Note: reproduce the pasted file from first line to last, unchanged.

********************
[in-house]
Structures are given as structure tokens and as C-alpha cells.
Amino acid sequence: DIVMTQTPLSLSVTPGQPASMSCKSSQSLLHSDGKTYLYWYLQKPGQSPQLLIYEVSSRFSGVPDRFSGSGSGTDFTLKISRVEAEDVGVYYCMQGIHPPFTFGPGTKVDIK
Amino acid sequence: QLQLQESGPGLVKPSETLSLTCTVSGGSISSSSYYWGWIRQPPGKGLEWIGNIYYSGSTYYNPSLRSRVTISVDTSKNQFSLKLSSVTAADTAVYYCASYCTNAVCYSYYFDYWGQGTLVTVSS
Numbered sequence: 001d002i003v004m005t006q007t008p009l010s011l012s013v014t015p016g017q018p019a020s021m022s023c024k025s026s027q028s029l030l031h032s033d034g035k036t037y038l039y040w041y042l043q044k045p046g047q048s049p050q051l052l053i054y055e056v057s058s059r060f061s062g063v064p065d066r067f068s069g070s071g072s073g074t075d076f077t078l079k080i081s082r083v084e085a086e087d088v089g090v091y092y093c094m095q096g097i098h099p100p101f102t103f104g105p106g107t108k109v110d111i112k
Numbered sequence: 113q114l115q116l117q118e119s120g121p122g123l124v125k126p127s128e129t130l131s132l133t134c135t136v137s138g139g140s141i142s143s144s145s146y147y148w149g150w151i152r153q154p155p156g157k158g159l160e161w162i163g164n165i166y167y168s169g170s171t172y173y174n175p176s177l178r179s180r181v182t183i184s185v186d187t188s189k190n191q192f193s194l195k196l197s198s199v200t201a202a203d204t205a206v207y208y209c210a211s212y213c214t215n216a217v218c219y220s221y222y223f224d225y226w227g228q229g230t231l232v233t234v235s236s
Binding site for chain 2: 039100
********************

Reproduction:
[in-house]
Structures are given as structure tokens and as C-alpha cells.
Amino acid sequence: DIVMTQTPLSLSVTPGQPASMSCKSSQSLLHSDGKTYLYWYLQKPGQSPQLLIYEVSSRFSGVPDRFSGSGSGTDFTLKISRVEAEDVGVYYCMQGIHPPFTFGPGTKVDIK
Amino acid sequence: QLQLQESGPGLVKPSETLSLTCTVSGGSISSSSYYWGWIRQPPGKGLEWIGNIYYSGSTYYNPSLRSRVTISVDTSKNQFSLKLSSVTAADTAVYYCASYCTNAVCYSYYFDYWGQGTLVTVSS
Numbered sequence: 001d002i003v004m005t006q007t008p009l010s011l012s013v014t015p016g017q018p019a020s021m022s023c024k025s026s027q028s029l030l031h032s033d034g035k036t037y038l039y040w041y042l043q044k045p046g047q048s049p050q051l052l053i054y055e056v057s058s059r060f061s062g063v064p065d066r067f068s069g070s071g072s073g074t075d076f077t078l079k080i081s082r083v084e085a086e087d088v089g090v091y092y093c094m095q096g097i098h099p100p101f102t103f104g105p106g107t108k109v110d111i112k
Numbered sequence: 113q114l115q116l117q118e119s120g121p122g123l124v125k126p127s128e129t130l131s132l133t134c135t136v137s138g139g140s141i142s143s144s145s146y147y148w149g150w151i152r153q154p155p156g157k158g159l160e161w162i163g164n165i166y167y168s169g170s171t172y173y174n175p176s177l178r179s180r181v182t183i184s185v186d187t188s189k190n191q192f193s194l195k196l197s198s199v200t201a202a203d204t205a206v207y208y209c210a211s212y213c214t215n216a217v218c219y220s221y222y223f224d225y226w227g228q229g230t231l232v233t234v235s236s
Binding site for chain 2: 039100